- Scrub a dub dub! Wash your hands often with soap and water. If soap and water are not available, use an alcohol-based hand rub. Wash your hands after using the bathroom (duh!), blowing your nose, handling trash, touching animals, and prior to touching food.
- Good Nutrition! Eat plenty of fruits and vegetables and drink plenty of water.
- Sleep! Sleep is the body’s time to repair and rejuvenate itself. Aim for 7-8 hours per night, much more for children!
- Move your body! Exercise helps with anxiety, stress, and getting a restful night’s sleep. All important for illness prevention.
- Avoid touching your eyes, nose, and mouth. Germs spread this way. Try wearing a motorcycle helmet if you can’t keep your hands off your face.
- Vitamin C 1000mg once per day. If loose stools occur, decrease dosage.
If there was a cure for the common cold, someone would be very wealthy! Until then, here are some steps you can take to recover more quickly.
- Get plenty of rest! Seriously, stop and rest! I know, no one has time to be sick, but you will recover quicker if you allow yourself to rest. (Plus, it’s a great excuse to binge on that latest show).
- Stay hydrated by drinking plenty of water.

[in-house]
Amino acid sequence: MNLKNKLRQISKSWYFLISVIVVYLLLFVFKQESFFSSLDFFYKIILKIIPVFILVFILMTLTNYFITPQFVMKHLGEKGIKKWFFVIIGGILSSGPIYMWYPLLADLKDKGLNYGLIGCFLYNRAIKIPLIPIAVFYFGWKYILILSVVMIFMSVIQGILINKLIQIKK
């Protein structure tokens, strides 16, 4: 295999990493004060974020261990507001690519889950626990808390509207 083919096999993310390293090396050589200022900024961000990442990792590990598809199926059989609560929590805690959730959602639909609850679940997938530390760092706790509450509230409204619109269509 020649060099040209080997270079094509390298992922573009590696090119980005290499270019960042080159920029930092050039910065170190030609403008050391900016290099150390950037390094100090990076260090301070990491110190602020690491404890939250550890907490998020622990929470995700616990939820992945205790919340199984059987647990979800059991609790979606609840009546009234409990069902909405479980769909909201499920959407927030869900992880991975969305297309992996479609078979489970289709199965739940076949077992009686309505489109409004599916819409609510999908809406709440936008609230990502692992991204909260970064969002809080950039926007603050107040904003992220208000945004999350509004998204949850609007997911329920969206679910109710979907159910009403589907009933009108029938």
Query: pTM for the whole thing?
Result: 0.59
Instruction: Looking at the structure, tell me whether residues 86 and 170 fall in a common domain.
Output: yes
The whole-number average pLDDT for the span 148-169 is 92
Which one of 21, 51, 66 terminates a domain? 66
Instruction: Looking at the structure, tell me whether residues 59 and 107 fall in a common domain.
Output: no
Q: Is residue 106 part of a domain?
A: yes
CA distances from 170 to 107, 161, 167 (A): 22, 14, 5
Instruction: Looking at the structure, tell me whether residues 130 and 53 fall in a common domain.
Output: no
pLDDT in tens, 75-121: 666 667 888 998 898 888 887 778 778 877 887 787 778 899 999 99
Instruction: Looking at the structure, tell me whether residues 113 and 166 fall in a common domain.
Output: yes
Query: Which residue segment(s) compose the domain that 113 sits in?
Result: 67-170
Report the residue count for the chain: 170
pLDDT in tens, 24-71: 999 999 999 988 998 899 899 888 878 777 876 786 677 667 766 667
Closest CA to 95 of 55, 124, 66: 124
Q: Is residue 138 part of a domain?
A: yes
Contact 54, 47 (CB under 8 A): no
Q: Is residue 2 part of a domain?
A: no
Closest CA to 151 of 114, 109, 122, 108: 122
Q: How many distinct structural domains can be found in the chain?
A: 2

- Eat light meals during illness. Give your digestive tract a break and use that energy to fight off the illness.
- Zinc supplementation. Aim for 30-50mg once per day for no more than 10 days.
- Elderberry Syrup 5ml (1 teaspoon) three to four times per day for 5 days.
Zinc, elderberry syrup, and vitamin C are generally safe for most adults but consult your physician if you are unsure, pregnant or nursing, or considering giving to a child.
There are many other herbs and supplements that can help prevent or treat colds and the flu, but it is best to consult your local naturopathic physician and discuss the risks and benefits as they pertain to your health. There are many over the counter (OTC) medications that can ease your symptoms, but these should be used for the shortest duration possible to limit unwanted side effects.
It can be tricky to figure out exactly what is going on, if you are unsure about what to do or have questions, it is always best to seek the care of a medical professional.
Remember, stay hydrated, keep your hands clean, rest, and get your flu vaccine!
For more information on this topic, contact Dr. April of West Chiropractic & Wellness.
Phone: (503) 628-9082| email: firstname.lastname@example.org| website: www.mywestchiropractic.com